Thursday, 23 December 2010

Using Jing for Screen Captures and Screencasting

Recently I was asked how I create screen shots with arrows and short captions for assisting my learners either in learning how to use new websites or identifying steps to be taken during an engagement.

Over the past several years I have used a wide variety of tools to help visually explain or identify key areas of a message I was trying to get across. I’ve basically settled on two tools, both by the same company but used, in my circumstances, for two different purposes.

In this post, I’ll be introducing you to a downloadable tool called “Jing” which is from Techsmith in the US. I don’t usually recommend downloadable tools because of the growing number of online options available for most jobs. However, Jing and its big brother Camtasia are, for my purposes, the best possible solutions to my screen capture and screencasting needs.

Briefly, Jing is a screen capture (takes a snapshot of whatever is on your screen) and a screencasting (creates a 5min maximum video of whatever is on your screen) tool from Techsmith. It is free (but you can buy the pro version for about $15.00/yr), and it allows you to store your video and images at Techsmith’s online storage facility called account or pro available).

I absolutely love this tool (it's one of the first 5 things I recommend downloading for every new system) because it's easy to download and install, a breeze to access (as you’ll see) and allows direct uploading of captures/screencasts to your online account. It also provides options for including captions, arrows and creating screencasts.

This is where you can find it: Jing from Techsmith

Here is an example of a screenshot I took a while back using Jing:

As you can see, screenshots with captions can really help explain a procedure or series of steps much better than simple text.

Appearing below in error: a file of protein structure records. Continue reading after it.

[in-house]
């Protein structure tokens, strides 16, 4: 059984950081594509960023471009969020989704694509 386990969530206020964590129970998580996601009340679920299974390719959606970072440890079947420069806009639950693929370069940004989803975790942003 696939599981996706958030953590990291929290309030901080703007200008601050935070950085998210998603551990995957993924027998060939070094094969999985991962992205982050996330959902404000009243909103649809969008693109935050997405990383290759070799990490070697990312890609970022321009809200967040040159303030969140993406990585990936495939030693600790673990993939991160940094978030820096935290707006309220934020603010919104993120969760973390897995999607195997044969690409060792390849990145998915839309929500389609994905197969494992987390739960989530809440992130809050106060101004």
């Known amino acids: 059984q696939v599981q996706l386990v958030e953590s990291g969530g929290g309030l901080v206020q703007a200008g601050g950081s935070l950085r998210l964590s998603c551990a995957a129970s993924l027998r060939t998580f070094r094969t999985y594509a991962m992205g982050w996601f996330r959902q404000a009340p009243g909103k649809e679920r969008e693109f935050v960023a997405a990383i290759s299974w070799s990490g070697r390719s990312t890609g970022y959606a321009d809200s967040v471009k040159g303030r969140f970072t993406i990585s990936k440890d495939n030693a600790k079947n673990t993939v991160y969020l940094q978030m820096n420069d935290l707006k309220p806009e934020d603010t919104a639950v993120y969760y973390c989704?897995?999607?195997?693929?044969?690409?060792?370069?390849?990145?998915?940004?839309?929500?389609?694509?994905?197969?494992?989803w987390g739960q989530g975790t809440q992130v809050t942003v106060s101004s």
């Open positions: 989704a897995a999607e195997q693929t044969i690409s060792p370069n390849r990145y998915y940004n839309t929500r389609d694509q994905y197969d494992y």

Here is the procedure to install and start using Jing:
1.    Go to the Techsmith Jing website.

2.    Click download:

 3.    On the next page, decide between the download for Windows or the download for Mac.

4.    Afterwards, this window will open:

5.    Find and click on the "jing_setup.exe" file you have just downloaded and follow the installation instructions.

6.    Once Jing is installed. You will see a little yellow sun appear somewhere on the border of your screen, which will look similar to this:

7.    To use Jing for a screen capture, hover over the sun for a second and then select the crosshairs (see the image above). Then select your region to capture by dragging your mouse to enlarge the rectangular capture area.

8.    As soon as you let your finger off the mouse, the area you have selected is captured and comes up in an editing window, like this:

9.    You can then use the tools along the left of the window to annotate your pictures with arrows, text, boxes, etc.

10.    Now, all that remains to be done is to decide what to do with the capture. You can,
share it through, save it to your computer, edit it with Snagit or Camtasia if you have either one installed or delete the capture.

11.    If you decide to share it, the link is instantly available on your clipboard to paste wherever you need it.

I have been using Jing for screen captures and screencasts for sometime and I really like it. It’s a straight forward, no nonsense capture tool that gets the job done quickly and efficiently. I have used Jing’s screen capture facility to give instructions on using new or unfamiliar websites to learners and highlight important locations on Google Earth or important words, phrases, sentences or other text features before, during or after F2F sessions with my learners. My kids and I appreciate how easy it is to use, and my kids appreciate the added clarity it brings to instructions and engagements.

In my next post, I’ll demonstrate using Jing as a screencasting tool for brief 5 minute video masterpieces :)

Good Luck!


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